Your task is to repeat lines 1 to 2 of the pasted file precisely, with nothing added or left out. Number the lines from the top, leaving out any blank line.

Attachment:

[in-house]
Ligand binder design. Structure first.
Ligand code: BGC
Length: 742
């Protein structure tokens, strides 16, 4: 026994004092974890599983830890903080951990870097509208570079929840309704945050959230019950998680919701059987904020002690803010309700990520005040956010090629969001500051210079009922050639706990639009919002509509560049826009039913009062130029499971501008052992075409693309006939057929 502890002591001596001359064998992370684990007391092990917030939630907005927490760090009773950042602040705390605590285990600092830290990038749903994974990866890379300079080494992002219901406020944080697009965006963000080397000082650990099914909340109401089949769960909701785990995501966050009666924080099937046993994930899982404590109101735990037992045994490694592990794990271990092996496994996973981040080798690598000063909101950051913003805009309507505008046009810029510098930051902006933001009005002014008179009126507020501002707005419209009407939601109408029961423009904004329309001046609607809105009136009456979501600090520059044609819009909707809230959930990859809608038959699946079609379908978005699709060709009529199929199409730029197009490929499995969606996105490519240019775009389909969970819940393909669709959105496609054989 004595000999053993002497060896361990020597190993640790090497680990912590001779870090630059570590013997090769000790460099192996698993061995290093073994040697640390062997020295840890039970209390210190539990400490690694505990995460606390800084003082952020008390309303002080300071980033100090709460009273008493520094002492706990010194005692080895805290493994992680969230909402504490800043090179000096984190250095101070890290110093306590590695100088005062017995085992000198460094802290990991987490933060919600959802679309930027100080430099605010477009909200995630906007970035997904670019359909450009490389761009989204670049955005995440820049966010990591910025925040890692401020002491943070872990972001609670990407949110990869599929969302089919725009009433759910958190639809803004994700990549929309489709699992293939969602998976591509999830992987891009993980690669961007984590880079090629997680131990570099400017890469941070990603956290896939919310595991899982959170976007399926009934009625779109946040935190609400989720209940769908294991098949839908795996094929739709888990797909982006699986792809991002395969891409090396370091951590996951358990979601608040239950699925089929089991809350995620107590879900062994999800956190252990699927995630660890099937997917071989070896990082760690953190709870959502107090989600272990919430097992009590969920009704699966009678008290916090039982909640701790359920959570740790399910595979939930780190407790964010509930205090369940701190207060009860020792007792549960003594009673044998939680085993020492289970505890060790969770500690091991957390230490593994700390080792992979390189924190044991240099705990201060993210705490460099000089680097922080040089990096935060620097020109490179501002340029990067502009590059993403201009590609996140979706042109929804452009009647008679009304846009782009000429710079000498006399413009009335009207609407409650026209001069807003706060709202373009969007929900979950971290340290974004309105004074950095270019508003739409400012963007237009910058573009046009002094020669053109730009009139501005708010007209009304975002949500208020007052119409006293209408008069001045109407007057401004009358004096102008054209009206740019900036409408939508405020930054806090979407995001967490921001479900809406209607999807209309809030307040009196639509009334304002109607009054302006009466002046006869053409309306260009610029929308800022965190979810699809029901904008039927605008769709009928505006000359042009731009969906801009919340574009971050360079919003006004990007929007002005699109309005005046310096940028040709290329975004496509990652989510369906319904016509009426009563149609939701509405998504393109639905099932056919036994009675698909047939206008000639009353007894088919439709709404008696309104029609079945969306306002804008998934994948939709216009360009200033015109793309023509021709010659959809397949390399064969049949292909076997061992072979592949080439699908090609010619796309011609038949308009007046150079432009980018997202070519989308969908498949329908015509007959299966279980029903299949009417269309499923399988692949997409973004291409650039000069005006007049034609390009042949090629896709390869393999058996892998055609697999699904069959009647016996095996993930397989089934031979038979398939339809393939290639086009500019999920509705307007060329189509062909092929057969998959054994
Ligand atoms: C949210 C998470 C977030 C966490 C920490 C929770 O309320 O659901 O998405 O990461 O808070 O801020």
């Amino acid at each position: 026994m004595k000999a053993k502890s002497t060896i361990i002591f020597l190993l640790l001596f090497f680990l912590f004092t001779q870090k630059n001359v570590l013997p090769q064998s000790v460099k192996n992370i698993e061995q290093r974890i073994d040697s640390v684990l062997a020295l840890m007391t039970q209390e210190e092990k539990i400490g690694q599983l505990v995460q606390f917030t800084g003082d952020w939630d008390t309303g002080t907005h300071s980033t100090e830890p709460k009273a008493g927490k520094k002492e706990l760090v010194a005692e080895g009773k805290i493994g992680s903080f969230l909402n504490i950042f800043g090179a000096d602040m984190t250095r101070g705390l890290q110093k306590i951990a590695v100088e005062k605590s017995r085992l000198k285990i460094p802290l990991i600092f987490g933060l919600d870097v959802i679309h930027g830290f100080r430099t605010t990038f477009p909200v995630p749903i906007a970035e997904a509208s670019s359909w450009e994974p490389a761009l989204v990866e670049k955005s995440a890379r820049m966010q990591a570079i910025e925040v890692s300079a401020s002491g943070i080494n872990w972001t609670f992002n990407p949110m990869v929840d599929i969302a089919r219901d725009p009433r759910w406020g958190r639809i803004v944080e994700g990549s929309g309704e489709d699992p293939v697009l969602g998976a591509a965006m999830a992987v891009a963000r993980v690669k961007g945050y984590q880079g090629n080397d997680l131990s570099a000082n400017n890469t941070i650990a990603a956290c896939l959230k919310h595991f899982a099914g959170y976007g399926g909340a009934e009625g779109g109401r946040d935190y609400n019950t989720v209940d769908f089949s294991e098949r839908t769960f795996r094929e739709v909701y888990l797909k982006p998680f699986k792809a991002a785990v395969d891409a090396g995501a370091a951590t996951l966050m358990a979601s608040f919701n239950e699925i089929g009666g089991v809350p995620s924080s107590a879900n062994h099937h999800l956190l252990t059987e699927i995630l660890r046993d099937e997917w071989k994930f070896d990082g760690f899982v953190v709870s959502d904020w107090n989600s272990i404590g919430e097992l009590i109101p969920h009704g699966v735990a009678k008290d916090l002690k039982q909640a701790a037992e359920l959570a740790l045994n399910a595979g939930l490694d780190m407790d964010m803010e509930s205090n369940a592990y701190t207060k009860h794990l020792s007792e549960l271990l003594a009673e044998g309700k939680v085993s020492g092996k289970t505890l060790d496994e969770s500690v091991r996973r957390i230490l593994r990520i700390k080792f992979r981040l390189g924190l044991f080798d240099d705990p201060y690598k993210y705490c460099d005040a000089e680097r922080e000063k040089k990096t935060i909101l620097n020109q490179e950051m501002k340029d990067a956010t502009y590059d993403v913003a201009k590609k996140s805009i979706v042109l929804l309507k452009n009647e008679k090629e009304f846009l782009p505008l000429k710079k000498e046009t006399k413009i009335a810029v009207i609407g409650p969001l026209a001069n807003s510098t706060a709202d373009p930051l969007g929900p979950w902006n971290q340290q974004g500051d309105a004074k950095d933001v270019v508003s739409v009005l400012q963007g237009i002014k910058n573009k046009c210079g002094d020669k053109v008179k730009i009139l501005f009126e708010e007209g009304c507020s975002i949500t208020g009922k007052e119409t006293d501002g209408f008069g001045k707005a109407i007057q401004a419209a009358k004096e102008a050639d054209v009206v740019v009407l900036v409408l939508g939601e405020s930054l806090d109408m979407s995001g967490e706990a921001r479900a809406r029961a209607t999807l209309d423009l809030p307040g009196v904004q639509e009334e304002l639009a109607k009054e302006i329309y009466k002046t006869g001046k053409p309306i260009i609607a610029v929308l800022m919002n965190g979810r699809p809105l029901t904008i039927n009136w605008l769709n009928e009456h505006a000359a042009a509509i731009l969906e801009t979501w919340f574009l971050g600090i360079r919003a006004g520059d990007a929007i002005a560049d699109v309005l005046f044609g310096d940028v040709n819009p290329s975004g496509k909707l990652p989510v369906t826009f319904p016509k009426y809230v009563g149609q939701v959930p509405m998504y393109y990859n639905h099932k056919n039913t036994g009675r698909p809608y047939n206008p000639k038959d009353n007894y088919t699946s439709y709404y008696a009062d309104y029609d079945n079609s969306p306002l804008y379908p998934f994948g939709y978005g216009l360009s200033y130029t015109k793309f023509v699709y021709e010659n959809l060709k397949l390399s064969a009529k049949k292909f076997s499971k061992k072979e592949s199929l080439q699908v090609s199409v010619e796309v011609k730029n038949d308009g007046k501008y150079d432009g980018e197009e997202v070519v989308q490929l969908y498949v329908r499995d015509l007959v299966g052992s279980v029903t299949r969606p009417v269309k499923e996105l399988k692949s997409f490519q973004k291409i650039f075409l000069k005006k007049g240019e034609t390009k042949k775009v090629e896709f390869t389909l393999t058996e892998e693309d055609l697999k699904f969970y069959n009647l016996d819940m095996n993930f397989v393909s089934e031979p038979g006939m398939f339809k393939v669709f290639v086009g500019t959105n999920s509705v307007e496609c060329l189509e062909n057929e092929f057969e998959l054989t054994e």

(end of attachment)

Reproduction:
[in-house]
Ligand binder design. Structure first.